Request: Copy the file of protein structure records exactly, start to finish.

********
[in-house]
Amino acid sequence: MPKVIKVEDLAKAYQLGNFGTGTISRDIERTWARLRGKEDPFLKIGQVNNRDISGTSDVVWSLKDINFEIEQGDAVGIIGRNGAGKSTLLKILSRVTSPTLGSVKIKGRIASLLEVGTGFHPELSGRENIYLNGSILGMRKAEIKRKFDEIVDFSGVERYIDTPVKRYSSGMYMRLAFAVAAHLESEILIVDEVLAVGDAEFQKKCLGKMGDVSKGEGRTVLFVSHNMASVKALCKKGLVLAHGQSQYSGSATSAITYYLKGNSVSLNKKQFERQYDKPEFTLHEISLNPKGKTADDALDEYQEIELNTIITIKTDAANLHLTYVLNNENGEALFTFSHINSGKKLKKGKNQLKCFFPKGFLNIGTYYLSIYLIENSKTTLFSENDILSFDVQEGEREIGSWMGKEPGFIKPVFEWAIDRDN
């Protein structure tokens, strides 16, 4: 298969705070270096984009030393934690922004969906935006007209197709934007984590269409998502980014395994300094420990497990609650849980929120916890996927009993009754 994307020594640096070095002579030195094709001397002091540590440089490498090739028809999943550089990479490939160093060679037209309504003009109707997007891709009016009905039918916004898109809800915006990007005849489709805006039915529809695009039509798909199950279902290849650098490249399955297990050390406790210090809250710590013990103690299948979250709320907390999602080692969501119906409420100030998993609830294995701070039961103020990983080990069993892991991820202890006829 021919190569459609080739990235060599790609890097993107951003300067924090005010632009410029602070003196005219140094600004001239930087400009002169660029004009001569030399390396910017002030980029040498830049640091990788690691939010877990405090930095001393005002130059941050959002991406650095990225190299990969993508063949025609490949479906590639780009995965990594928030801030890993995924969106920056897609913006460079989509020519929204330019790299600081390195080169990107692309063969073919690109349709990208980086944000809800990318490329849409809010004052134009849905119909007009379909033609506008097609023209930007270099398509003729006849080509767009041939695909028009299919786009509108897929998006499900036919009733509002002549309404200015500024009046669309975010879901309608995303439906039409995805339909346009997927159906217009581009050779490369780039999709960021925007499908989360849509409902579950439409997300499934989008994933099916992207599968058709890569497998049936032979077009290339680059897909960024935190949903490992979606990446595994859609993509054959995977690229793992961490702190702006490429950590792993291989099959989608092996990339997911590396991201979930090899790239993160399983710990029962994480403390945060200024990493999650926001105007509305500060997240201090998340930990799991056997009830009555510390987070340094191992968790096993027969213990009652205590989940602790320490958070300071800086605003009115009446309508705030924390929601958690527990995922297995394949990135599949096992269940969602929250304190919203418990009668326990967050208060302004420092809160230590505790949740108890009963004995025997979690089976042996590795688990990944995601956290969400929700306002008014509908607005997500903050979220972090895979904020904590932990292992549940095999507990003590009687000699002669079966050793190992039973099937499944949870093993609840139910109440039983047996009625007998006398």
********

[in-house]
Amino acid sequence: MPKVIKVEDLAKAYQLGNFGTGTISRDIERTWARLRGKEDPFLKIGQVNNRDISGTSDVVWSLKDINFEIEQGDAVGIIGRNGAGKSTLLKILSRVTSPTLGSVKIKGRIASLLEVGTGFHPELSGRENIYLNGSILGMRKAEIKRKFDEIVDFSGVERYIDTPVKRYSSGMYMRLAFAVAAHLESEILIVDEVLAVGDAEFQKKCLGKMGDVSKGEGRTVLFVSHNMASVKALCKKGLVLAHGQSQYSGSATSAITYYLKGNSVSLNKKQFERQYDKPEFTLHEISLNPKGKTADDALDEYQEIELNTIITIKTDAANLHLTYVLNNENGEALFTFSHINSGKKLKKGKNQLKCFFPKGFLNIGTYYLSIYLIENSKTTLFSENDILSFDVQEGEREIGSWMGKEPGFIKPVFEWAIDRDN
């Protein structure tokens, strides 16, 4: 298969705070270096984009030393934690922004969906935006007209197709934007984590269409998502980014395994300094420990497990609650849980929120916890996927009993009754 994307020594640096070095002579030195094709001397002091540590440089490498090739028809999943550089990479490939160093060679037209309504003009109707997007891709009016009905039918916004898109809800915006990007005849489709805006039915529809695009039509798909199950279902290849650098490249399955297990050390406790210090809250710590013990103690299948979250709320907390999602080692969501119906409420100030998993609830294995701070039961103020990983080990069993892991991820202890006829 021919190569459609080739990235060599790609890097993107951003300067924090005010632009410029602070003196005219140094600004001239930087400009002169660029004009001569030399390396910017002030980029040498830049640091990788690691939010877990405090930095001393005002130059941050959002991406650095990225190299990969993508063949025609490949479906590639780009995965990594928030801030890993995924969106920056897609913006460079989509020519929204330019790299600081390195080169990107692309063969073919690109349709990208980086944000809800990318490329849409809010004052134009849905119909007009379909033609506008097609023209930007270099398509003729006849080509767009041939695909028009299919786009509108897929998006499900036919009733509002002549309404200015500024009046669309975010879901309608995303439906039409995805339909346009997927159906217009581009050779490369780039999709960021925007499908989360849509409902579950439409997300499934989008994933099916992207599968058709890569497998049936032979077009290339680059897909960024935190949903490992979606990446595994859609993509054959995977690229793992961490702190702006490429950590792993291989099959989608092996990339997911590396991201979930090899790239993160399983710990029962994480403390945060200024990493999650926001105007509305500060997240201090998340930990799991056997009830009555510390987070340094191992968790096993027969213990009652205590989940602790320490958070300071800086605003009115009446309508705030924390929601958690527990995922297995394949990135599949096992269940969602929250304190919203418990009668326990967050208060302004420092809160230590505790949740108890009963004995025997979690089976042996590795688990990944995601956290969400929700306002008014509908607005997500903050979220972090895979904020904590932990292992549940095999507990003590009687000699002669079966050793190992039973099937499944949870093993609840139910109440039983047996009625007998006398």